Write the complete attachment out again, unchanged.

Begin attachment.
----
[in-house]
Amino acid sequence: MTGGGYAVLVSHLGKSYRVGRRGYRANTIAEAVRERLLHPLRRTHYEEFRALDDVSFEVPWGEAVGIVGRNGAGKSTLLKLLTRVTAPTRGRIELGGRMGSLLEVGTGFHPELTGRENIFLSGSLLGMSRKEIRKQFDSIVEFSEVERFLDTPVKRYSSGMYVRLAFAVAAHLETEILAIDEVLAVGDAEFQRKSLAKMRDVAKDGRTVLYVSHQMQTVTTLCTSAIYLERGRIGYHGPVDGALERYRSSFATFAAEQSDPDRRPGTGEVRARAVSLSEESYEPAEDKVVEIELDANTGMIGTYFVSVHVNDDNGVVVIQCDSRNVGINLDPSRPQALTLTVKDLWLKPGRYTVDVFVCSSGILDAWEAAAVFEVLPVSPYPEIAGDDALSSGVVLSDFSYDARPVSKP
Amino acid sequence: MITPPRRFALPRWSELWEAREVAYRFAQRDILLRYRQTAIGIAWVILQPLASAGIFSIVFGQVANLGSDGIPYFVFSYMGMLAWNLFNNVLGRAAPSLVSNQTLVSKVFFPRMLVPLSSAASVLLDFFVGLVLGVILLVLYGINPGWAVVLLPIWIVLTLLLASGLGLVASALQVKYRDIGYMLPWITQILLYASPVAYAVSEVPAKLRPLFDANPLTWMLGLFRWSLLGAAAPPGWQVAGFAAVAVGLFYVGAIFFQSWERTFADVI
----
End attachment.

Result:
[in-house]
Amino acid sequence: MTGGGYAVLVSHLGKSYRVGRRGYRANTIAEAVRERLLHPLRRTHYEEFRALDDVSFEVPWGEAVGIVGRNGAGKSTLLKLLTRVTAPTRGRIELGGRMGSLLEVGTGFHPELTGRENIFLSGSLLGMSRKEIRKQFDSIVEFSEVERFLDTPVKRYSSGMYVRLAFAVAAHLETEILAIDEVLAVGDAEFQRKSLAKMRDVAKDGRTVLYVSHQMQTVTTLCTSAIYLERGRIGYHGPVDGALERYRSSFATFAAEQSDPDRRPGTGEVRARAVSLSEESYEPAEDKVVEIELDANTGMIGTYFVSVHVNDDNGVVVIQCDSRNVGINLDPSRPQALTLTVKDLWLKPGRYTVDVFVCSSGILDAWEAAAVFEVLPVSPYPEIAGDDALSSGVVLSDFSYDARPVSKP
Amino acid sequence: MITPPRRFALPRWSELWEAREVAYRFAQRDILLRYRQTAIGIAWVILQPLASAGIFSIVFGQVANLGSDGIPYFVFSYMGMLAWNLFNNVLGRAAPSLVSNQTLVSKVFFPRMLVPLSSAASVLLDFFVGLVLGVILLVLYGINPGWAVVLLPIWIVLTLLLASGLGLVASALQVKYRDIGYMLPWITQILLYASPVAYAVSEVPAKLRPLFDANPLTWMLGLFRWSLLGAAAPPGWQVAGFAAVAVGLFYVGAIFFQSWERTFADVI